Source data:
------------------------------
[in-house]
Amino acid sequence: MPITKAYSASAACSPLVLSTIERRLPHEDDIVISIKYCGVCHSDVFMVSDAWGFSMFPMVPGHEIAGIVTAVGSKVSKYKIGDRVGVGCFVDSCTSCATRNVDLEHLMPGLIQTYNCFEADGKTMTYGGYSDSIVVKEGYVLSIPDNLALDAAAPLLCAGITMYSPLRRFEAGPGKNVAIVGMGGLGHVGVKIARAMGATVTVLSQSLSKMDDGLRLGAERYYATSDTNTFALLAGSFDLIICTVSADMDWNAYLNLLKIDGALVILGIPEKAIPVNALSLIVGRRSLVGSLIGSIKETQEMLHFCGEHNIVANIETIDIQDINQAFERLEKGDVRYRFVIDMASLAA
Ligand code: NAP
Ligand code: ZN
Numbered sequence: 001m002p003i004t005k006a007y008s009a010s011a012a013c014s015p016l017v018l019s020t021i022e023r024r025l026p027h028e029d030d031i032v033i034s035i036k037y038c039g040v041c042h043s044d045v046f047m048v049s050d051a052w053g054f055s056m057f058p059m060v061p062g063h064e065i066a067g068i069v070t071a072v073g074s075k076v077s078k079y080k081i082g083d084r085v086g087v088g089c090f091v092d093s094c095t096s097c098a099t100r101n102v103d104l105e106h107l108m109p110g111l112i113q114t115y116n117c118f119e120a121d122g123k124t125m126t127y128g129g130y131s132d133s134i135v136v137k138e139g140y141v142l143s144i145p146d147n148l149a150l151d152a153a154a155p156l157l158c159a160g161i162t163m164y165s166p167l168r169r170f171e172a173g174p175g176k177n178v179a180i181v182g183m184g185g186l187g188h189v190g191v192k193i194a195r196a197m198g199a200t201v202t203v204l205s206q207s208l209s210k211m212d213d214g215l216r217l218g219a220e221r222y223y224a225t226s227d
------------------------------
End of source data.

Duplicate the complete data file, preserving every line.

[in-house]
Amino acid sequence: MPITKAYSASAACSPLVLSTIERRLPHEDDIVISIKYCGVCHSDVFMVSDAWGFSMFPMVPGHEIAGIVTAVGSKVSKYKIGDRVGVGCFVDSCTSCATRNVDLEHLMPGLIQTYNCFEADGKTMTYGGYSDSIVVKEGYVLSIPDNLALDAAAPLLCAGITMYSPLRRFEAGPGKNVAIVGMGGLGHVGVKIARAMGATVTVLSQSLSKMDDGLRLGAERYYATSDTNTFALLAGSFDLIICTVSADMDWNAYLNLLKIDGALVILGIPEKAIPVNALSLIVGRRSLVGSLIGSIKETQEMLHFCGEHNIVANIETIDIQDINQAFERLEKGDVRYRFVIDMASLAA
Ligand code: NAP
Ligand code: ZN
Numbered sequence: 001m002p003i004t005k006a007y008s009a010s011a012a013c014s015p016l017v018l019s020t021i022e023r024r025l026p027h028e029d030d031i032v033i034s035i036k037y038c039g040v041c042h043s044d045v046f047m048v049s050d051a052w053g054f055s056m057f058p059m060v061p062g063h064e065i066a067g068i069v070t071a072v073g074s075k076v077s078k079y080k081i082g083d084r085v086g087v088g089c090f091v092d093s094c095t096s097c098a099t100r101n102v103d104l105e106h107l108m109p110g111l112i113q114t115y116n117c118f119e120a121d122g123k124t125m126t127y128g129g130y131s132d133s134i135v136v137k138e139g140y141v142l143s144i145p146d147n148l149a150l151d152a153a154a155p156l157l158c159a160g161i162t163m164y165s166p167l168r169r170f171e172a173g174p175g176k177n178v179a180i181v182g183m184g185g186l187g188h189v190g191v192k193i194a195r196a197m198g199a200t201v202t203v204l205s206q207s208l209s210k211m212d213d214g215l216r217l218g219a220e221r222y223y224a225t226s227d